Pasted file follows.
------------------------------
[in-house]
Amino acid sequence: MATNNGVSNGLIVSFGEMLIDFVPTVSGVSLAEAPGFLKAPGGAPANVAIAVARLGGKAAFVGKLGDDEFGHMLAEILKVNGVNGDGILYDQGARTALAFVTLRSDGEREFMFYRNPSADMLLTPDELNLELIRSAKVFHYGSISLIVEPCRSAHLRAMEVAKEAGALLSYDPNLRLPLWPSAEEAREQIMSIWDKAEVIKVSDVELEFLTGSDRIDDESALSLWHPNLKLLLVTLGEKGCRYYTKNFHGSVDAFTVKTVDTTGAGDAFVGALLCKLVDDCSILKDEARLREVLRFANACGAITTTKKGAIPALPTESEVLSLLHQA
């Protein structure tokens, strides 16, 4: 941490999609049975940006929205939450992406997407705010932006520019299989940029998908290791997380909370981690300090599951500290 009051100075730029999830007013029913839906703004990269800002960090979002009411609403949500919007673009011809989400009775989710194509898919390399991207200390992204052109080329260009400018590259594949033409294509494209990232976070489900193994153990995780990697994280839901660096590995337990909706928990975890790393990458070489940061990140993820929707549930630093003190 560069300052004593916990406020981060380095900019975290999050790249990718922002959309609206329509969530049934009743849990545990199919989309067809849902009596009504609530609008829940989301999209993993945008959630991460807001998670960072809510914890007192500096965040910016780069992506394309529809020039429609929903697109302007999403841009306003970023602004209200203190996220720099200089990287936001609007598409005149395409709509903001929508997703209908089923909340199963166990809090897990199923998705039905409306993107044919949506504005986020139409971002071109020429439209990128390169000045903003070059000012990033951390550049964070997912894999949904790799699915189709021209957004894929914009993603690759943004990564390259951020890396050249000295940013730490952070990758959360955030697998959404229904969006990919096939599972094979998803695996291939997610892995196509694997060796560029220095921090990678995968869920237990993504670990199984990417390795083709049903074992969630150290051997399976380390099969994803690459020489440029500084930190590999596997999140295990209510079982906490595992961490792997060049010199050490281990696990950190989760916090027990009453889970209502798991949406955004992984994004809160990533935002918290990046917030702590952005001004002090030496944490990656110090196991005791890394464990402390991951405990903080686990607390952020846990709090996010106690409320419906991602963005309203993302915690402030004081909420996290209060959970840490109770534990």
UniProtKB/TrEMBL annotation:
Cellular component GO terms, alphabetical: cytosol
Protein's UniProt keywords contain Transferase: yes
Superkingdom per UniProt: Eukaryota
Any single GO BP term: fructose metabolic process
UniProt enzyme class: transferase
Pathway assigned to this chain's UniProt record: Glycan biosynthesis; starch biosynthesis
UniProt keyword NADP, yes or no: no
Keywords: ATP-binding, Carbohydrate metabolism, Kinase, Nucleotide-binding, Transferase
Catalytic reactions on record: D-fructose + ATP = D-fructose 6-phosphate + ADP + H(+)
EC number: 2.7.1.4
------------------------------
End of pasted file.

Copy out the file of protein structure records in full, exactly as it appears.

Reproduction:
[in-house]
Amino acid sequence: MATNNGVSNGLIVSFGEMLIDFVPTVSGVSLAEAPGFLKAPGGAPANVAIAVARLGGKAAFVGKLGDDEFGHMLAEILKVNGVNGDGILYDQGARTALAFVTLRSDGEREFMFYRNPSADMLLTPDELNLELIRSAKVFHYGSISLIVEPCRSAHLRAMEVAKEAGALLSYDPNLRLPLWPSAEEAREQIMSIWDKAEVIKVSDVELEFLTGSDRIDDESALSLWHPNLKLLLVTLGEKGCRYYTKNFHGSVDAFTVKTVDTTGAGDAFVGALLCKLVDDCSILKDEARLREVLRFANACGAITTTKKGAIPALPTESEVLSLLHQA
């Protein structure tokens, strides 16, 4: 941490999609049975940006929205939450992406997407705010932006520019299989940029998908290791997380909370981690300090599951500290 009051100075730029999830007013029913839906703004990269800002960090979002009411609403949500919007673009011809989400009775989710194509898919390399991207200390992204052109080329260009400018590259594949033409294509494209990232976070489900193994153990995780990697994280839901660096590995337990909706928990975890790393990458070489940061990140993820929707549930630093003190 560069300052004593916990406020981060380095900019975290999050790249990718922002959309609206329509969530049934009743849990545990199919989309067809849902009596009504609530609008829940989301999209993993945008959630991460807001998670960072809510914890007192500096965040910016780069992506394309529809020039429609929903697109302007999403841009306003970023602004209200203190996220720099200089990287936001609007598409005149395409709509903001929508997703209908089923909340199963166990809090897990199923998705039905409306993107044919949506504005986020139409971002071109020429439209990128390169000045903003070059000012990033951390550049964070997912894999949904790799699915189709021209957004894929914009993603690759943004990564390259951020890396050249000295940013730490952070990758959360955030697998959404229904969006990919096939599972094979998803695996291939997610892995196509694997060796560029220095921090990678995968869920237990993504670990199984990417390795083709049903074992969630150290051997399976380390099969994803690459020489440029500084930190590999596997999140295990209510079982906490595992961490792997060049010199050490281990696990950190989760916090027990009453889970209502798991949406955004992984994004809160990533935002918290990046917030702590952005001004002090030496944490990656110090196991005791890394464990402390991951405990903080686990607390952020846990709090996010106690409320419906991602963005309203993302915690402030004081909420996290209060959970840490109770534990």
UniProtKB/TrEMBL annotation:
Cellular component GO terms, alphabetical: cytosol
Protein's UniProt keywords contain Transferase: yes
Superkingdom per UniProt: Eukaryota
Any single GO BP term: fructose metabolic process
UniProt enzyme class: transferase
Pathway assigned to this chain's UniProt record: Glycan biosynthesis; starch biosynthesis
UniProt keyword NADP, yes or no: no
Keywords: ATP-binding, Carbohydrate metabolism, Kinase, Nucleotide-binding, Transferase
Catalytic reactions on record: D-fructose + ATP = D-fructose 6-phosphate + ADP + H(+)
EC number: 2.7.1.4